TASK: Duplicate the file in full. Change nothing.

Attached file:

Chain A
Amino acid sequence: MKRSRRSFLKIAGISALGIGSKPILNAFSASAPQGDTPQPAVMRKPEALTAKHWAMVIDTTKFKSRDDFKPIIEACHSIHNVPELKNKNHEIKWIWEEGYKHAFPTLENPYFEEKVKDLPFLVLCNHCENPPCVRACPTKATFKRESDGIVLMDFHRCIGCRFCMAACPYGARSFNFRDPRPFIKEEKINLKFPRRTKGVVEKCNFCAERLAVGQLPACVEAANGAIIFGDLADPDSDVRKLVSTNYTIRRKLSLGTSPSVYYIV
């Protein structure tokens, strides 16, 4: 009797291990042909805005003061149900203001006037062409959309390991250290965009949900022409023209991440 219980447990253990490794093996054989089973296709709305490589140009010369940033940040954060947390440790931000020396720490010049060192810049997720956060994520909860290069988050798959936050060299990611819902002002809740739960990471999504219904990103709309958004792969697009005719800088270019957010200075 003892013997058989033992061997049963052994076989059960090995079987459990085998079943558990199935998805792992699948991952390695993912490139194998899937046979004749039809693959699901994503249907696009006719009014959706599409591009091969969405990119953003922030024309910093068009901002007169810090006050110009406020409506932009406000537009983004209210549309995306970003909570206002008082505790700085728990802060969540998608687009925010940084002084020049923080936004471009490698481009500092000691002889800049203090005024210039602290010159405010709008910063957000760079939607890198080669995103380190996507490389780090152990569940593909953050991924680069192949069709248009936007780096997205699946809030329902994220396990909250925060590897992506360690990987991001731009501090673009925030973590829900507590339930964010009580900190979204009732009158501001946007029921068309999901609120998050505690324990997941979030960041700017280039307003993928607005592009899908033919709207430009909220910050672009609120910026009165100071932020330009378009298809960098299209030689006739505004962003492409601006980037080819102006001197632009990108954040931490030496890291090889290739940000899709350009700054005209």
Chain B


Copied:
Chain A
Amino acid sequence: MKRSRRSFLKIAGISALGIGSKPILNAFSASAPQGDTPQPAVMRKPEALTAKHWAMVIDTTKFKSRDDFKPIIEACHSIHNVPELKNKNHEIKWIWEEGYKHAFPTLENPYFEEKVKDLPFLVLCNHCENPPCVRACPTKATFKRESDGIVLMDFHRCIGCRFCMAACPYGARSFNFRDPRPFIKEEKINLKFPRRTKGVVEKCNFCAERLAVGQLPACVEAANGAIIFGDLADPDSDVRKLVSTNYTIRRKLSLGTSPSVYYIV
């Protein structure tokens, strides 16, 4: 009797291990042909805005003061149900203001006037062409959309390991250290965009949900022409023209991440 219980447990253990490794093996054989089973296709709305490589140009010369940033940040954060947390440790931000020396720490010049060192810049997720956060994520909860290069988050798959936050060299990611819902002002809740739960990471999504219904990103709309958004792969697009005719800088270019957010200075 003892013997058989033992061997049963052994076989059960090995079987459990085998079943558990199935998805792992699948991952390695993912490139194998899937046979004749039809693959699901994503249907696009006719009014959706599409591009091969969405990119953003922030024309910093068009901002007169810090006050110009406020409506932009406000537009983004209210549309995306970003909570206002008082505790700085728990802060969540998608687009925010940084002084020049923080936004471009490698481009500092000691002889800049203090005024210039602290010159405010709008910063957000760079939607890198080669995103380190996507490389780090152990569940593909953050991924680069192949069709248009936007780096997205699946809030329902994220396990909250925060590897992506360690990987991001731009501090673009925030973590829900507590339930964010009580900190979204009732009158501001946007029921068309999901609120998050505690324990997941979030960041700017280039307003993928607005592009899908033919709207430009909220910050672009609120910026009165100071932020330009378009298809960098299209030689006739505004962003492409601006980037080819102006001197632009990108954040931490030496890291090889290739940000899709350009700054005209």
Chain B